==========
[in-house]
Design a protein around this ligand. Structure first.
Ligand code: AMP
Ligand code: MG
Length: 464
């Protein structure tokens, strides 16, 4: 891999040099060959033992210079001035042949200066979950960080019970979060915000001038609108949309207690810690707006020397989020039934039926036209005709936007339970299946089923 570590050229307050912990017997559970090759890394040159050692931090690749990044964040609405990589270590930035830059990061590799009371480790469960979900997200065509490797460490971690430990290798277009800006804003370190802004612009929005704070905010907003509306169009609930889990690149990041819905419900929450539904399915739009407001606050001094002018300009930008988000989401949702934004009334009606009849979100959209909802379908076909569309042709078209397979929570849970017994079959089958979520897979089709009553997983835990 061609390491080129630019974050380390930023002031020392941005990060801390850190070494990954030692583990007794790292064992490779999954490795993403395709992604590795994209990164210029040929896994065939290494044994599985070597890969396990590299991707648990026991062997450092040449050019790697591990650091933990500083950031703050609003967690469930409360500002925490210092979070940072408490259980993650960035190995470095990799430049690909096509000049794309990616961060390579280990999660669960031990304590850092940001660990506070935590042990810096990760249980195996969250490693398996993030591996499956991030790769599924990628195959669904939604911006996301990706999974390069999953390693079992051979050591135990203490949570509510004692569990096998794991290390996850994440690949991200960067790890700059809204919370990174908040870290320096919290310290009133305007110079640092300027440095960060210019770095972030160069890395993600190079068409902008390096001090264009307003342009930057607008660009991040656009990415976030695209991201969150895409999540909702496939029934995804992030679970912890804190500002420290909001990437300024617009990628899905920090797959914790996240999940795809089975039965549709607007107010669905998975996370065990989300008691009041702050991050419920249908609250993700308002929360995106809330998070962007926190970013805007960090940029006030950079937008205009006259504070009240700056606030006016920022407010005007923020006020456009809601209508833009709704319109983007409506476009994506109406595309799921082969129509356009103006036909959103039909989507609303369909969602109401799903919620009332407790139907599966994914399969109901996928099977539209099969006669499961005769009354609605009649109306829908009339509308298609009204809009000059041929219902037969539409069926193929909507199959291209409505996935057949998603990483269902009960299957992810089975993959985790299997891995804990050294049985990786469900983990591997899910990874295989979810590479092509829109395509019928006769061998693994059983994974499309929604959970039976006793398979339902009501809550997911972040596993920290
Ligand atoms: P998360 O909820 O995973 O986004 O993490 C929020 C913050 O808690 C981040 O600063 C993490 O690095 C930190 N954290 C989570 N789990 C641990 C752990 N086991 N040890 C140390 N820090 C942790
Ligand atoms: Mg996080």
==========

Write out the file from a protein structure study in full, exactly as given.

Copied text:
[in-house]
Design a protein around this ligand. Structure first.
Ligand code: AMP
Ligand code: MG
Length: 464
């Protein structure tokens, strides 16, 4: 891999040099060959033992210079001035042949200066979950960080019970979060915000001038609108949309207690810690707006020397989020039934039926036209005709936007339970299946089923 570590050229307050912990017997559970090759890394040159050692931090690749990044964040609405990589270590930035830059990061590799009371480790469960979900997200065509490797460490971690430990290798277009800006804003370190802004612009929005704070905010907003509306169009609930889990690149990041819905419900929450539904399915739009407001606050001094002018300009930008988000989401949702934004009334009606009849979100959209909802379908076909569309042709078209397979929570849970017994079959089958979520897979089709009553997983835990 061609390491080129630019974050380390930023002031020392941005990060801390850190070494990954030692583990007794790292064992490779999954490795993403395709992604590795994209990164210029040929896994065939290494044994599985070597890969396990590299991707648990026991062997450092040449050019790697591990650091933990500083950031703050609003967690469930409360500002925490210092979070940072408490259980993650960035190995470095990799430049690909096509000049794309990616961060390579280990999660669960031990304590850092940001660990506070935590042990810096990760249980195996969250490693398996993030591996499956991030790769599924990628195959669904939604911006996301990706999974390069999953390693079992051979050591135990203490949570509510004692569990096998794991290390996850994440690949991200960067790890700059809204919370990174908040870290320096919290310290009133305007110079640092300027440095960060210019770095972030160069890395993600190079068409902008390096001090264009307003342009930057607008660009991040656009990415976030695209991201969150895409999540909702496939029934995804992030679970912890804190500002420290909001990437300024617009990628899905920090797959914790996240999940795809089975039965549709607007107010669905998975996370065990989300008691009041702050991050419920249908609250993700308002929360995106809330998070962007926190970013805007960090940029006030950079937008205009006259504070009240700056606030006016920022407010005007923020006020456009809601209508833009709704319109983007409506476009994506109406595309799921082969129509356009103006036909959103039909989507609303369909969602109401799903919620009332407790139907599966994914399969109901996928099977539209099969006669499961005769009354609605009649109306829908009339509308298609009204809009000059041929219902037969539409069926193929909507199959291209409505996935057949998603990483269902009960299957992810089975993959985790299997891995804990050294049985990786469900983990591997899910990874295989979810590479092509829109395509019928006769061998693994059983994974499309929604959970039976006793398979339902009501809550997911972040596993920290
Ligand atoms: P998360 O909820 O995973 O986004 O993490 C929020 C913050 O808690 C981040 O600063 C993490 O690095 C930190 N954290 C989570 N789990 C641990 C752990 N086991 N040890 C140390 N820090 C942790
Ligand atoms: Mg996080």